Tuesday, January 28, 2014

George Richardson and the Victoria Hotel, 1858-1878

The Victoria Hotel & Saloon(1858-1878)
George Richardson
(21) Government Street,
 Northeast corner with (Rae) Courtenay Street

1858-1878 George B. Richardson, Owner
1864           John McGowan, Lease
1864           Dan McBride, Lease
1877           L.H. Ouimette, Lease
1878           Becomes the Boomerang Hotel

The Victoria Hotel & Saloon opened in August 1858 not only as the first brick built saloon in Victoria but the first brick building in what would become known as British Columbia.

George Richardson, who arrived in Esquimalt from England in 1850, built the hotel on land purchased from the Hudson’s Bay Company. As owner he ran the hotel from time to time for many years, sometimes leasing his premise out to attend to his other businesses.
The very modest sized hotel had six rooms on the second floor above the saloon and a smaller adjoining parlour. Hotels and saloons were not just places for sleeping and drinking but served as meeting places for Clubs and Organizations. The Independent Order of the Oddfellows (I.O.O.F.) met on Tuesday nights before they leased out their own building. The meetings of the Shipwrights & Caulkers Union took place at the Victoria Hotel. The Pioneer Cricket Club had a reserved room. Even the meeting of Electors took place in one of the rooms at the Victoria Hotel.

Social functions were held at the hotel which included a celebration of Queen Victoria’s Birthday with a “Race Dinner” preceding the annual horse race at Beacon Hill Park.
Richardson held a variety of raffles and almost every kind of animal was raffled off from “fat turkeys and geese” at Christmas, to racing horses, rabbits, pigs, and an assortment of other game. Raffle prizes also included a chance at a Christmas Dinner at the cost of a fifty-cent ticket. While raffles were soon to be commonplace in the saloons and hotels of the 1860’s, Richardson held some of the earliest.

The hotel also served as a makeshift hospital as when a gun accident occurred in 1864 near the hotel and the injured man was taken into the hotel and attended to by the local doctor. And when a stabbing occurred nearby in 1860, the wounded party was patched up in the Victoria hotel.

One Friday evening in autumn of 1876, while hotel patrons were preparing for bed, Richardson was alerted to a foul gas smell coming from the parlour. He went to investigate, to his misfortune using a lite candle, which ignited the gas and caused a terrible explosion heard for a half-mile in all directions. The explosion left Richardson dazed with severe burns to his head, face and one hand. The brick partitions sustained damage as did a portion of the stairs, the explosion shattered windows, burned the window blinds, curtains, and wallpaper. The force of the explosion also caused a lamppost at the corner of Government and Fort to topple over. Frightened hotel guests frantically climbed down the second floor balcony where a Mr Deasy fell, while assisting his family, off the second floor onto the road below fracturing an elbow. It was later discovered that renovations to the parlour had ruptured one of the gas pipes causing a slow leak. [Colonist September 10, 1876, page 3.]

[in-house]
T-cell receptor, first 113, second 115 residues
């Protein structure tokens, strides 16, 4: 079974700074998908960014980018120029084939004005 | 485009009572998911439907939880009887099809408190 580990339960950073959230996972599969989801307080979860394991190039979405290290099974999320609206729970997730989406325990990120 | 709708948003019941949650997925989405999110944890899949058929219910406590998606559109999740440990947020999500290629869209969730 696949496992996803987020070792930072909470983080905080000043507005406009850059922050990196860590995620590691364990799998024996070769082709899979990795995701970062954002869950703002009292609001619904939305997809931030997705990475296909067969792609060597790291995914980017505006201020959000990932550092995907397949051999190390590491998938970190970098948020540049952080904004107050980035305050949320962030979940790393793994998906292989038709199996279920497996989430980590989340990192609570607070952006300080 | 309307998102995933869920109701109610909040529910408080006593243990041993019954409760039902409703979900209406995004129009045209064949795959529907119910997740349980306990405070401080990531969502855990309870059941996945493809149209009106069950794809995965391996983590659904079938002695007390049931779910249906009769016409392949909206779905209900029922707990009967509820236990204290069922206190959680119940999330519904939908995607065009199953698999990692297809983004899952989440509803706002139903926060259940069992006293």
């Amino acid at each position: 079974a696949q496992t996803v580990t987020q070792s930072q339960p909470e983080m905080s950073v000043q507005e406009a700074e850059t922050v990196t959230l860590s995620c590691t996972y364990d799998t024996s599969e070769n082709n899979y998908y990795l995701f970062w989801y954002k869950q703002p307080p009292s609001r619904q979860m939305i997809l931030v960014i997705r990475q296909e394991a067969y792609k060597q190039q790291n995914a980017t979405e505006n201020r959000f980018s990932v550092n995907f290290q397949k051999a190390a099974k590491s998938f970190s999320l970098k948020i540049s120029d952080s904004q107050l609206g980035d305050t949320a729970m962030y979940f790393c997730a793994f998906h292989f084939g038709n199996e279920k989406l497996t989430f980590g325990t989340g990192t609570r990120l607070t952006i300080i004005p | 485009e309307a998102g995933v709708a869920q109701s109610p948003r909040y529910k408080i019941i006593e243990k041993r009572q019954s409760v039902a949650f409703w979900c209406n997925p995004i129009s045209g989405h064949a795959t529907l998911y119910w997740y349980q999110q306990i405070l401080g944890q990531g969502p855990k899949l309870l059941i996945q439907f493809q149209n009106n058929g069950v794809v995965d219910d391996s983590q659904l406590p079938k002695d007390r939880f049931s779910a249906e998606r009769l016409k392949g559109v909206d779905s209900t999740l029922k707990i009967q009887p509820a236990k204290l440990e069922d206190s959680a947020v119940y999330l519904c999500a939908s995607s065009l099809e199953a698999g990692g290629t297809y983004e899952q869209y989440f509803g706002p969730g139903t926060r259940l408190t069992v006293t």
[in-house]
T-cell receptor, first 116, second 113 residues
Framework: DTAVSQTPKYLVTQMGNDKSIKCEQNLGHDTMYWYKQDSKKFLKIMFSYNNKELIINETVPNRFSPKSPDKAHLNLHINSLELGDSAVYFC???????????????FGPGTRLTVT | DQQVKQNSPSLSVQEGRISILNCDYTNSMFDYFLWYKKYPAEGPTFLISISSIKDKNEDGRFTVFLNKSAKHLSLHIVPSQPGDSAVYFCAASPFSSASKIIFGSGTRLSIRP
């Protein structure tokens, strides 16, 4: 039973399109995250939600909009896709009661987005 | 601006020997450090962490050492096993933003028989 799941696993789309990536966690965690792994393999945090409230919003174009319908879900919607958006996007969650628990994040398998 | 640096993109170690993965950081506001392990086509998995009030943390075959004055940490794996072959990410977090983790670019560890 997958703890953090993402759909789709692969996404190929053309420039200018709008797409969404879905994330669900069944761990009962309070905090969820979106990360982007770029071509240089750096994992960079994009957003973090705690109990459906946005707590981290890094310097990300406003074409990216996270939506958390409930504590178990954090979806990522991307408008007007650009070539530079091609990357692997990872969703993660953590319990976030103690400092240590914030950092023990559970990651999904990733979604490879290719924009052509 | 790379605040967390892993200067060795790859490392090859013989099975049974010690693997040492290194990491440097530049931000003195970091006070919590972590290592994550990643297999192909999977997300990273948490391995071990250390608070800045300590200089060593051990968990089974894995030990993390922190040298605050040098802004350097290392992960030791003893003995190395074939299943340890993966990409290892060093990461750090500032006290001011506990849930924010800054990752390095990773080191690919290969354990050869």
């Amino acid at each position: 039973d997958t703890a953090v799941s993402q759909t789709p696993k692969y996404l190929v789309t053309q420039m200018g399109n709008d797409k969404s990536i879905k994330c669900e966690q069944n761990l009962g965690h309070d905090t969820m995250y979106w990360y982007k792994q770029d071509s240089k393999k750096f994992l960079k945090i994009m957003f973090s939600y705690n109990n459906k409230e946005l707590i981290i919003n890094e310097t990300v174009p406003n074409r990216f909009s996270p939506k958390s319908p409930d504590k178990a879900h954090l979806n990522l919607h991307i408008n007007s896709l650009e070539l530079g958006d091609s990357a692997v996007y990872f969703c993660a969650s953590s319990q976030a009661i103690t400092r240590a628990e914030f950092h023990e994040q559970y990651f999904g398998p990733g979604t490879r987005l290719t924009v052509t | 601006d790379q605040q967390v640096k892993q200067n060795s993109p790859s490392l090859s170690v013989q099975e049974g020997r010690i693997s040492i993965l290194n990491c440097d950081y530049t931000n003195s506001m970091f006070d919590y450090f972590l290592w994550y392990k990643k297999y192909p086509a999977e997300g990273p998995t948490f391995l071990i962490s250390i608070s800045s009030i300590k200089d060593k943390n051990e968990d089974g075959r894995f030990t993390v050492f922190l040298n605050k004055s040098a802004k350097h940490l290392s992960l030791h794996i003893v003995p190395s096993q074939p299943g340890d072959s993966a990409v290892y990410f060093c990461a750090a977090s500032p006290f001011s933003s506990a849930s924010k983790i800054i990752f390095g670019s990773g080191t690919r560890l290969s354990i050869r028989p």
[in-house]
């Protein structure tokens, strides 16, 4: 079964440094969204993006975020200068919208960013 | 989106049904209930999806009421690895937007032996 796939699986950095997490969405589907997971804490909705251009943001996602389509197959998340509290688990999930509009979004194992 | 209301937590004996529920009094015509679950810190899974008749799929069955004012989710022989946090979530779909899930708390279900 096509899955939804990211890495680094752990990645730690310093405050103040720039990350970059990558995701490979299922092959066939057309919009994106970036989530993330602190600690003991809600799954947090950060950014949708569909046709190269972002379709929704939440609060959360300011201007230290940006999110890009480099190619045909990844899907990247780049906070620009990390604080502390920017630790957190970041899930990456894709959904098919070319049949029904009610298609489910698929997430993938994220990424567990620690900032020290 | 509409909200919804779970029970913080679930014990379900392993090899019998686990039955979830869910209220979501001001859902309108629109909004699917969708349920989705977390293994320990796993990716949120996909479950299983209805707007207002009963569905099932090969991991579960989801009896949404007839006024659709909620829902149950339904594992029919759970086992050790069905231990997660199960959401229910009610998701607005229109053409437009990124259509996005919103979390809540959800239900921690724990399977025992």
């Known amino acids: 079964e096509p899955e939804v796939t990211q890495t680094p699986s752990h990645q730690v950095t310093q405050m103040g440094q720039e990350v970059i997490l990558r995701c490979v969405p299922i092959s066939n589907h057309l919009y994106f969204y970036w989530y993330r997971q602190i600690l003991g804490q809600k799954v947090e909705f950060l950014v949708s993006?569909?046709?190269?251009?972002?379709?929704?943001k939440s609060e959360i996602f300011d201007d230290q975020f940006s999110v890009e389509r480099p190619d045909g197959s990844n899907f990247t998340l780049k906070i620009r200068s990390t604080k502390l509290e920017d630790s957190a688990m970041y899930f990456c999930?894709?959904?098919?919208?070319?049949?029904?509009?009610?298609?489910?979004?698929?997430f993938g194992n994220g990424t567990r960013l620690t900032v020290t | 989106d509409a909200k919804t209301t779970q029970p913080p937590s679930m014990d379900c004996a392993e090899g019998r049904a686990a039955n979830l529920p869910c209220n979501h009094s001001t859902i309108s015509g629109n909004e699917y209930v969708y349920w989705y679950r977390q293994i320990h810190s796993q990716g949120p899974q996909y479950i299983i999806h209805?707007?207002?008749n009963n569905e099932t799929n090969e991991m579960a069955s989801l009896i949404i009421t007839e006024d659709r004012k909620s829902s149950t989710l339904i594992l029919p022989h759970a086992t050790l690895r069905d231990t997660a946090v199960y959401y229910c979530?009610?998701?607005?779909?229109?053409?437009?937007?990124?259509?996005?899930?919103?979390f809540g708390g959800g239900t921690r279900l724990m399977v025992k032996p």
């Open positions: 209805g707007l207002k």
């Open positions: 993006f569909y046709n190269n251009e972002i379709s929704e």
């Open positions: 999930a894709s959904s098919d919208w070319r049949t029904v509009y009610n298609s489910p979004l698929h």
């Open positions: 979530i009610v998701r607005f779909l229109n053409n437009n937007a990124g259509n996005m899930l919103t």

The Victoria Hotel was leased to Benjamin Pitt Griffin in 1878. He changed the name of the hotel to the Boomerang Hotel where he conducted business under that name until 1885 when the name changed to the Windsor Hotel. Richardson owned the hotel until 1903 when he retired to his home in James Bay.

Monday, January 27, 2014

The Phoenix Saloon, 1858-1881

Phoenix Saloon (1858-1881)
Thomas H. McCann
(16) Yates Street, Northeast corner with Waddington Alley

1858-1864 Thomas H. McCann
1864-1872 William P. Marsh
1872-1875 Mrs. B. Slowman
1875-1878 George Lafrienne
1878-1880 John Horrell
1880-1881 Mrs. Walter Broughner

The Phoenix Saloon opened in July 1858 as one of numerous new businesses catering to the influx of mostly Americans who came to the tiny colony on there way to make their fortune in the Cariboo Gold Rush. It was built directly across Waddington & Yates Streets from the Albion Saloon. The close proximity of the two saloons helped more than hindered business and both saloons prospered for years. 

The Phoenix Saloon was one of the first to advertise in the local newspaper, the British Colonist, August 29, 1859, “The Saloon is now open under the management of T.H. McCann. The Bar will be supplied with the choicest brands of Wines, Liquors, Ales, Porter and Cigars, with a pleasant Room to sit down and enjoy them.”

Like most of these early hastily built saloons, the Phoenix was built out of wood and as the advertisement boasts, they certainly sold more than just beer to their thirsty patrons.
Drinks of all kinds were offered for 12 and one-half cents and of course beer was always a nickel. The Phoenix Saloon was furnished a long, mahogany bar where one could belly up to, and offered tables “to sit down and be happy.” Fresh oysters from Sooke were always available and to keep competitive the owner offered free hot lunches daily from 10 to 4 for those who purchased drinks.

During Christmas Season of 1862, the Phoenix Saloon offered “fat turkeys and chickens to be served with gallons of eggnog.”

The Phoenix Saloon expanded in the 1870’s to offer a few clean and affordable rooms and attached to the saloon was added a reading room which provided a quiet place away from the noisy bar where patrons could relax and enjoy a Havana Cigar and a good book with their beverage.

The Phoenix Hotel & Saloon survived the boom and bust times under its last proprietor, Mrs. W. Broughner until it was sold then demolished in the summer of 1881 to make way for a large brick Produce Warehouse.